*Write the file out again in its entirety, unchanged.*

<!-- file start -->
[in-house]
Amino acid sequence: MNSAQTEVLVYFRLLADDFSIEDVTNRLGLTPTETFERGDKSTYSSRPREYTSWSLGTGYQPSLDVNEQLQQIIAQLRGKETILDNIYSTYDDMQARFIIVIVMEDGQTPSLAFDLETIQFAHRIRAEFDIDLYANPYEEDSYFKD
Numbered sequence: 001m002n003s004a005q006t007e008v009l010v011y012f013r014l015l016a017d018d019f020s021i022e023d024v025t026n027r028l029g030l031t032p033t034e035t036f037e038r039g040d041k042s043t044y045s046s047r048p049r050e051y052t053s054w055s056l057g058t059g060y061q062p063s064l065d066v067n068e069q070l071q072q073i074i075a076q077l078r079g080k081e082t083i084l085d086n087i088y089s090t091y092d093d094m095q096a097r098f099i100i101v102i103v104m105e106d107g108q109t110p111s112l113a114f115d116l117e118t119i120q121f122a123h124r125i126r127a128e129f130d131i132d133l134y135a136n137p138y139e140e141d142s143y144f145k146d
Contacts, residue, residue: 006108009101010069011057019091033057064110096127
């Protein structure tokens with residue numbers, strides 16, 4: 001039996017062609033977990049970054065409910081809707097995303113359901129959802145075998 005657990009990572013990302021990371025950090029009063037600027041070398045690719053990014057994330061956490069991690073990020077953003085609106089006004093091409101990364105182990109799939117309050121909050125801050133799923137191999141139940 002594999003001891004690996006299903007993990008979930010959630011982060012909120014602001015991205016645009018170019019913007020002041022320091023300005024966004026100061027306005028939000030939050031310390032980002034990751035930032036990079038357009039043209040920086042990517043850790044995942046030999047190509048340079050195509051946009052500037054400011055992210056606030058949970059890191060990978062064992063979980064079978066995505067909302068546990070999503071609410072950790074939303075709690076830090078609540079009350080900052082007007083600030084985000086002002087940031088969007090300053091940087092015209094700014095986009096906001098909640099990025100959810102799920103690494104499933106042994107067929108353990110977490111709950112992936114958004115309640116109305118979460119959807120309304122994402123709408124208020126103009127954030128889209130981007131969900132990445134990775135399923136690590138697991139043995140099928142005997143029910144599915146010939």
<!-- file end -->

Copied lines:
[in-house]
Amino acid sequence: MNSAQTEVLVYFRLLADDFSIEDVTNRLGLTPTETFERGDKSTYSSRPREYTSWSLGTGYQPSLDVNEQLQQIIAQLRGKETILDNIYSTYDDMQARFIIVIVMEDGQTPSLAFDLETIQFAHRIRAEFDIDLYANPYEEDSYFKD
Numbered sequence: 001m002n003s004a005q006t007e008v009l010v011y012f013r014l015l016a017d018d019f020s021i022e023d024v025t026n027r028l029g030l031t032p033t034e035t036f037e038r039g040d041k042s043t044y045s046s047r048p049r050e051y052t053s054w055s056l057g058t059g060y061q062p063s064l065d066v067n068e069q070l071q072q073i074i075a076q077l078r079g080k081e082t083i084l085d086n087i088y089s090t091y092d093d094m095q096a097r098f099i100i101v102i103v104m105e106d107g108q109t110p111s112l113a114f115d116l117e118t119i120q121f122a123h124r125i126r127a128e129f130d131i132d133l134y135a136n137p138y139e140e141d142s143y144f145k146d
Contacts, residue, residue: 006108009101010069011057019091033057064110096127
């Protein structure tokens with residue numbers, strides 16, 4: 001039996017062609033977990049970054065409910081809707097995303113359901129959802145075998 005657990009990572013990302021990371025950090029009063037600027041070398045690719053990014057994330061956490069991690073990020077953003085609106089006004093091409101990364105182990109799939117309050121909050125801050133799923137191999141139940 002594999003001891004690996006299903007993990008979930010959630011982060012909120014602001015991205016645009018170019019913007020002041022320091023300005024966004026100061027306005028939000030939050031310390032980002034990751035930032036990079038357009039043209040920086042990517043850790044995942046030999047190509048340079050195509051946009052500037054400011055992210056606030058949970059890191060990978062064992063979980064079978066995505067909302068546990070999503071609410072950790074939303075709690076830090078609540079009350080900052082007007083600030084985000086002002087940031088969007090300053091940087092015209094700014095986009096906001098909640099990025100959810102799920103690494104499933106042994107067929108353990110977490111709950112992936114958004115309640116109305118979460119959807120309304122994402123709408124208020126103009127954030128889209130981007131969900132990445134990775135399923136690590138697991139043995140099928142005997143029910144599915146010939």